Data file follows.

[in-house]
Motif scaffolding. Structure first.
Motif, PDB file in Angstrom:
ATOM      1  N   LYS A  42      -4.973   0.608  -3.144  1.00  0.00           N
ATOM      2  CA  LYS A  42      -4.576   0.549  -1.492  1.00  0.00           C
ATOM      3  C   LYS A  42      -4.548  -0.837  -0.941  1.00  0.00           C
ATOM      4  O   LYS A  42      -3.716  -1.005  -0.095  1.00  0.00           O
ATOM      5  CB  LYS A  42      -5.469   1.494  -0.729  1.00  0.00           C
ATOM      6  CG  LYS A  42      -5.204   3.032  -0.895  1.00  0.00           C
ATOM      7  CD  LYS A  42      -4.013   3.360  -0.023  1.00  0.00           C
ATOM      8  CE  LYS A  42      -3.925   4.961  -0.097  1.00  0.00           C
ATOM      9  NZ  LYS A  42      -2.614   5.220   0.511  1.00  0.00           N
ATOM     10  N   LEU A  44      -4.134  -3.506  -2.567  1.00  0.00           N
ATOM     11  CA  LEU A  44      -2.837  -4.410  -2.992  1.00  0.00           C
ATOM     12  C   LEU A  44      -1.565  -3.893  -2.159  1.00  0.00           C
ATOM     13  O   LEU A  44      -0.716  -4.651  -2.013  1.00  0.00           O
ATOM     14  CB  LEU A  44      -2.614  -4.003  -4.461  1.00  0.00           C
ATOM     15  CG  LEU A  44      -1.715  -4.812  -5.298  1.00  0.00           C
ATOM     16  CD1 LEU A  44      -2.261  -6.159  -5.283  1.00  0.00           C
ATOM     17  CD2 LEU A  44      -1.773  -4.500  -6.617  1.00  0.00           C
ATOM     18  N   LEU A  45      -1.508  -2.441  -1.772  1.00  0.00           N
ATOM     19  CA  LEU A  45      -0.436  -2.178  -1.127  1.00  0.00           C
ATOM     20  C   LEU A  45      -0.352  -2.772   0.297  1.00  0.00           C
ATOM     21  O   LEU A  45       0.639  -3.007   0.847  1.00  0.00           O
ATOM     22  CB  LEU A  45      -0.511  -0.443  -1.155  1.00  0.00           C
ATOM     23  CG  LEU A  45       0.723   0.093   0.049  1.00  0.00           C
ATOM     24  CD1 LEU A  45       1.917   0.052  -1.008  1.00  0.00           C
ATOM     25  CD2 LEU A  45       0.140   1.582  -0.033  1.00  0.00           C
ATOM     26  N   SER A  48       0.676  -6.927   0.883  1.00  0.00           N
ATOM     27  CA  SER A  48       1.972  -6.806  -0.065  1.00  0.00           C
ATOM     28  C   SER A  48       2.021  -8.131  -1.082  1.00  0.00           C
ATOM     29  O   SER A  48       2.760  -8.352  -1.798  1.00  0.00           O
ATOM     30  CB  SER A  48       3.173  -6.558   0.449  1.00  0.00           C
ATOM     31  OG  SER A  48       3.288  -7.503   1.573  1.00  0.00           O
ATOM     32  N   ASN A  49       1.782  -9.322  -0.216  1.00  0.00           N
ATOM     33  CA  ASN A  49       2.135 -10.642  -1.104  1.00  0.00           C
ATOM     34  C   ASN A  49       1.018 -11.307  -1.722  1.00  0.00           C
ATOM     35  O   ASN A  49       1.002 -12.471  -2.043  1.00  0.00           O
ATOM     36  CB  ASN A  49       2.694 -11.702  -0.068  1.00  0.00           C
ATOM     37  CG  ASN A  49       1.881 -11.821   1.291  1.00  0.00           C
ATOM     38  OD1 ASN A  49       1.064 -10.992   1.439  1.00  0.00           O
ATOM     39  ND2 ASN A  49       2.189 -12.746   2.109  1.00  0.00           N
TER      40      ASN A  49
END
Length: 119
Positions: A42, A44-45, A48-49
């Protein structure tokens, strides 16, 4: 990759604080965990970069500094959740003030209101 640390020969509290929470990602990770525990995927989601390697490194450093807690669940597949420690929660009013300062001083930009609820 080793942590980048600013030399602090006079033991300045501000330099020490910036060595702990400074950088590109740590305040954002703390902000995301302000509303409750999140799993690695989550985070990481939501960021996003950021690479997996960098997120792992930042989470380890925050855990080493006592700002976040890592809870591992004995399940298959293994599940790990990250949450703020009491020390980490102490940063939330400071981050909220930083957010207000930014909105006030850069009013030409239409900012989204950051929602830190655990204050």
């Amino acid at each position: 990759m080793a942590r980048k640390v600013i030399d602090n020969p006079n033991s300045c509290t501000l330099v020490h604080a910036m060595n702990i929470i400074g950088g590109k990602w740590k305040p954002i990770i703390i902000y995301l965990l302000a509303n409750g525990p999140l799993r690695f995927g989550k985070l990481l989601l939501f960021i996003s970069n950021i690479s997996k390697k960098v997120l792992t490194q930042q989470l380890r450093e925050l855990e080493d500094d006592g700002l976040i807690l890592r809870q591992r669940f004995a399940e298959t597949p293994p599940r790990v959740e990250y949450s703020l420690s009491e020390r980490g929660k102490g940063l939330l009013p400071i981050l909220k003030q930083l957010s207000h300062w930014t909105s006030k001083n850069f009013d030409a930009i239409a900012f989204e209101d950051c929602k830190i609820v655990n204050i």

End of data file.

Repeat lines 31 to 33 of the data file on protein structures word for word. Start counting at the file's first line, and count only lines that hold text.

ATOM     28  C   SER A  48       2.021  -8.131  -1.082  1.00  0.00           C
ATOM     29  O   SER A  48       2.760  -8.352  -1.798  1.00  0.00           O
ATOM     30  CB  SER A  48       3.173  -6.558   0.449  1.00  0.00           C